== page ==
The Real Princes and Princesses of Buckingham Palace

In June 2017, Prince Harry spoke to Newsweek about the need for the monarchy to retain its mystique. Yes, he told them, he wanted a normal, uninhibited life. But he knew that for his job as “prince” to work, there had to be some of that allure left too. “It’s a tricky balancing act,” he said. “We don’t want to dilute the magic… The British public and the whole world need institutions like it.”

Over the last 24 hours, the magic has been hard to come by. Harry’s memoir, Spare, leaked before its release date—unearthing an avalanche of sensational and extremely personal claims along with it. Some examples: Harry and William got into a physical fight, Prince Harry had a formative sexual experience with an older woman behind a pub, Kate Middleton may or may not have wanted to share her lip gloss. Page Six alone published over a dozen stories about the book this morning—including one about Prince Harry’s erm, unfortunate, frostbite location at his brother’s wedding.

Despite the tabloid headlines, it’s probably incorrect to summarize the book as a tawdry tell-all: Spare is written by Pulitzer Prize winner J.R. Moehringer, the man behind the critically acclaimed biographies of Nike’s Phil Knight and Andre Agassi. He has an astonishing ability to plumb the depths of his subject. (“He’s half psychiatrist,” Knight said of Moehringer. “He gets you to say things you really didn’t think you would.”) The more salacious anecdotes being splashed across headlines probably feel less eye-popping in the context of the narrative that unspools across the book’s 416 pages. Indeed, a People excerpt that described Harry driving through the same Paris tunnel where his mother died, at the same speed, is a nuanced narrative of grief and its endless longevity. The Duke of Sussex, inarguably, has a story worth telling.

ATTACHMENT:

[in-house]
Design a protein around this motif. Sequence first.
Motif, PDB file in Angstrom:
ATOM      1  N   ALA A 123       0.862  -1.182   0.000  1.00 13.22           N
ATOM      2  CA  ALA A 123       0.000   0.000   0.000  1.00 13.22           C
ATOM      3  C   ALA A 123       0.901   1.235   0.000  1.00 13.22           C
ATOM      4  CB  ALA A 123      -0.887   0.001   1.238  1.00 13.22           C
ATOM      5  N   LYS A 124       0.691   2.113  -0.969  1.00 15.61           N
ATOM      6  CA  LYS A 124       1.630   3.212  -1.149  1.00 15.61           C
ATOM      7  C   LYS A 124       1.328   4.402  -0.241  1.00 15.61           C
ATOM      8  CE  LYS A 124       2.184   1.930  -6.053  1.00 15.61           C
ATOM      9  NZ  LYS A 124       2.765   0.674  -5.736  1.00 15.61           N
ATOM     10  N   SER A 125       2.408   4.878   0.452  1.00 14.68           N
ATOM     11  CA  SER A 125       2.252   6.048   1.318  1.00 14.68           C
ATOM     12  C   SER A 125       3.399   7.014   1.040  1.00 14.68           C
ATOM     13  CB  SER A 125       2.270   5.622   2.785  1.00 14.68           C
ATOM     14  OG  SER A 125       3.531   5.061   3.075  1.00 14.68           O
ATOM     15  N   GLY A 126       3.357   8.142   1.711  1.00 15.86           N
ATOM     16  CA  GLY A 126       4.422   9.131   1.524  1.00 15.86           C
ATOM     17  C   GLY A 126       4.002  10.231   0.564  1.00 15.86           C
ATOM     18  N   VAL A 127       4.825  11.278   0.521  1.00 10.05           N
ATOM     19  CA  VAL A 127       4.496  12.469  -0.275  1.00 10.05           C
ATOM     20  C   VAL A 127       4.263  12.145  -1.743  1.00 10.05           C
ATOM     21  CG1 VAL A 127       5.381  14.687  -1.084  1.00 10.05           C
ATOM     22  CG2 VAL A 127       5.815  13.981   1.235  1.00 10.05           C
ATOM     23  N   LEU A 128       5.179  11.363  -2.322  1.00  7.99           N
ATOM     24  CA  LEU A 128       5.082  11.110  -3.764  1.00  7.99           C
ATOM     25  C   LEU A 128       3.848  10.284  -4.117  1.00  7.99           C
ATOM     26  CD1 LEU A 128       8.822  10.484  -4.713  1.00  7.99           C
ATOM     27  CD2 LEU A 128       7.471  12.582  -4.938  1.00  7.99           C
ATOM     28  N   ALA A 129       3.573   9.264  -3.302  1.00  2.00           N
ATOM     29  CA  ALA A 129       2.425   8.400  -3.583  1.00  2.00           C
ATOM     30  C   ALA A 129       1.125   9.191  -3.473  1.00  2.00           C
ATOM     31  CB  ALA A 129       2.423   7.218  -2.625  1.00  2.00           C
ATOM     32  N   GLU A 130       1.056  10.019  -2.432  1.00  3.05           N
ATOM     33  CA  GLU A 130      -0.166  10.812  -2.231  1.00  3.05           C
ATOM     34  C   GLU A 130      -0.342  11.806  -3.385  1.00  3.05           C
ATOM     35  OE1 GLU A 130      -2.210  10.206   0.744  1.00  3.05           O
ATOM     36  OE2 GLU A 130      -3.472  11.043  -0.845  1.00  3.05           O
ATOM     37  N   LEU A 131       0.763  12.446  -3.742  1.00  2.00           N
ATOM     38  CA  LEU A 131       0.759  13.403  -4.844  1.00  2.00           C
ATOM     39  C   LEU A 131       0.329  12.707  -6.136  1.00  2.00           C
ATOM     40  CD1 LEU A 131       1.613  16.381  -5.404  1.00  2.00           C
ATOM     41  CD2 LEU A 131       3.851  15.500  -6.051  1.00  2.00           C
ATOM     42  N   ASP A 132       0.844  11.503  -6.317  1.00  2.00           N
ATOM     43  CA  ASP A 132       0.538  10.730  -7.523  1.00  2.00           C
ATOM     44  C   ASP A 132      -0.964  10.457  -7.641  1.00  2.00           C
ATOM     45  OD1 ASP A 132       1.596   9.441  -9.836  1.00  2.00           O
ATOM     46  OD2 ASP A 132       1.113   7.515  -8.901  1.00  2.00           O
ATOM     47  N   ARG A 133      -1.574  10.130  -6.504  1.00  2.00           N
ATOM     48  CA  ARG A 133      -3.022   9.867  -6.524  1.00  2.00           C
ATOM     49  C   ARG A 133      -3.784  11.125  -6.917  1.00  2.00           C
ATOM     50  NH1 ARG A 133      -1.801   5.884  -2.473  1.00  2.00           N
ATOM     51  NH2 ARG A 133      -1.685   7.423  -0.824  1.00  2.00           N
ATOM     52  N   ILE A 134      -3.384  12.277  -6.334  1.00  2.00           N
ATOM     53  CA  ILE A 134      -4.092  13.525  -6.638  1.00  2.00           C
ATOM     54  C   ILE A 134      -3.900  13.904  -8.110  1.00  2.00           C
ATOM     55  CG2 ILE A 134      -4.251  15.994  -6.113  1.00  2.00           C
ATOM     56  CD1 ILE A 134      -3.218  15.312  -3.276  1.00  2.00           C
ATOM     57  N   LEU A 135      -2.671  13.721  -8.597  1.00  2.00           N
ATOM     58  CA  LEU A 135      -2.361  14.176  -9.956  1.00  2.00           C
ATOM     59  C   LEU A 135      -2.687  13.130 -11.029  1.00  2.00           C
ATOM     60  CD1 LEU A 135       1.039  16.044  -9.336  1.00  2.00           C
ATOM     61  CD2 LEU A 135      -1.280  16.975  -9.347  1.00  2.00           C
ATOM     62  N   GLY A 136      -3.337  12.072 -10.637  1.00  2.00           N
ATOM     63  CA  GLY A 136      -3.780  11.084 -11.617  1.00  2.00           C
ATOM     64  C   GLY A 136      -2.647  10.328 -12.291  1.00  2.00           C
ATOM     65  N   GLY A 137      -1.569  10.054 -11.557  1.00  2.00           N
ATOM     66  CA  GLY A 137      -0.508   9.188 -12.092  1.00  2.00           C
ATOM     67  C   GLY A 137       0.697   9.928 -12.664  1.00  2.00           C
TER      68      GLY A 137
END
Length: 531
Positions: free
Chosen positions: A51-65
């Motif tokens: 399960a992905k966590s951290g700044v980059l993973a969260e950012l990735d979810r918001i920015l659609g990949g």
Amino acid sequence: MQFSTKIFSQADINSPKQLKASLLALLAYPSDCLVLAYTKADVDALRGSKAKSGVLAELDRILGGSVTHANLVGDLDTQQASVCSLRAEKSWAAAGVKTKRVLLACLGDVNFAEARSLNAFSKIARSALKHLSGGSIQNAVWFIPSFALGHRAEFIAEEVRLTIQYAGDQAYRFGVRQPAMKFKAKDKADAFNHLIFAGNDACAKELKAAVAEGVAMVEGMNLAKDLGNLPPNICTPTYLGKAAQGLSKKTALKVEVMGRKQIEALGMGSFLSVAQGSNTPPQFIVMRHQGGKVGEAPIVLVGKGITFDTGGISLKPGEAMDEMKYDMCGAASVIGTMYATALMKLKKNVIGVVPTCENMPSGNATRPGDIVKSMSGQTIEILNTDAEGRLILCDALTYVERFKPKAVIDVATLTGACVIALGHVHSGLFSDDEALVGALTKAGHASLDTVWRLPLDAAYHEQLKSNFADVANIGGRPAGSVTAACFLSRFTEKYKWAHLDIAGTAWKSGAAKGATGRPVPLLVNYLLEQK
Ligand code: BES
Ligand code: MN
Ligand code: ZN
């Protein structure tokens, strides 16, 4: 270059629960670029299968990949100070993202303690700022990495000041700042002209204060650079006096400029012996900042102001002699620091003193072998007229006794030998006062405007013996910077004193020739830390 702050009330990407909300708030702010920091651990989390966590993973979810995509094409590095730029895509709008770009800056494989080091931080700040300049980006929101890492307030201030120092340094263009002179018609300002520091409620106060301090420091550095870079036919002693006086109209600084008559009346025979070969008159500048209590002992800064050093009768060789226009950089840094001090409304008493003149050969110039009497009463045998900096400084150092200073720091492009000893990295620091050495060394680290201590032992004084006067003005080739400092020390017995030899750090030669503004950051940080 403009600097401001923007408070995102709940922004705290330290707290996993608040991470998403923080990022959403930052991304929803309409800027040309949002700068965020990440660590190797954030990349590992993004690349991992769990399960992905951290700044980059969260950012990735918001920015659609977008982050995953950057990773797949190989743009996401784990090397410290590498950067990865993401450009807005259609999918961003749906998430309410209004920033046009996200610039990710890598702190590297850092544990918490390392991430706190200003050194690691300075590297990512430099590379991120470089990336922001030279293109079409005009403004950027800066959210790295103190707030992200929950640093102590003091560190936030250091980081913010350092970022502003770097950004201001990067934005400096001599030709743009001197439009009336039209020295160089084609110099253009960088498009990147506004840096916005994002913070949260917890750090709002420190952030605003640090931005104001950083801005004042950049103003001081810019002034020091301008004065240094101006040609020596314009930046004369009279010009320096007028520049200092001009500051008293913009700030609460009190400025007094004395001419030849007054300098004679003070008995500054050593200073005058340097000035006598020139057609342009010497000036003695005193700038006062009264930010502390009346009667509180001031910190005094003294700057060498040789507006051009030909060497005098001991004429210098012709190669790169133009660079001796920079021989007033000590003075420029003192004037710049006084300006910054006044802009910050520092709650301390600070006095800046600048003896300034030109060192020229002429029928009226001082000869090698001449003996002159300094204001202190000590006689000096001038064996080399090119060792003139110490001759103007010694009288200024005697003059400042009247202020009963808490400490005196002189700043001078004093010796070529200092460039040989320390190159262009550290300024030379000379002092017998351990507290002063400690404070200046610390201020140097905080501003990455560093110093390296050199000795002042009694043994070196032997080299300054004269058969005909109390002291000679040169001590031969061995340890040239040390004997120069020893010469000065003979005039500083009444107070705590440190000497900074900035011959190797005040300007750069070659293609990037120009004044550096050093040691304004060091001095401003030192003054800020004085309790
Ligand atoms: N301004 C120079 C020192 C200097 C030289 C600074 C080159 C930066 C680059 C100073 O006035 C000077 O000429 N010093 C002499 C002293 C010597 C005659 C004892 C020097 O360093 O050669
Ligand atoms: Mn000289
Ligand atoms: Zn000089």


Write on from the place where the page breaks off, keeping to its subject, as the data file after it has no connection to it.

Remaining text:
Yet the way Spare was introduced to the world felt explosive and, well, almost comically dramatic: many of the leaks are attributed to the book inexplicably being sold early in Spain. Fittingly, wry commentary on Tiktok and Twitter abounded, with many joking about how it will all be fodder for an eventual season of The Crown. In fact, joke probably isn’t an accurate term. Peter Morgan’s Emmy-winning series frequently lifts its plot points from real-life events, with season five chronicling the messy public breakdown of Charles and Diana’s marriage. It’s easy to imagine the past three years being recreated sometime in the future with little-to-no dramatization, with all of us watching for our own entertainment and saying, “Yep, I remember when that happened.”

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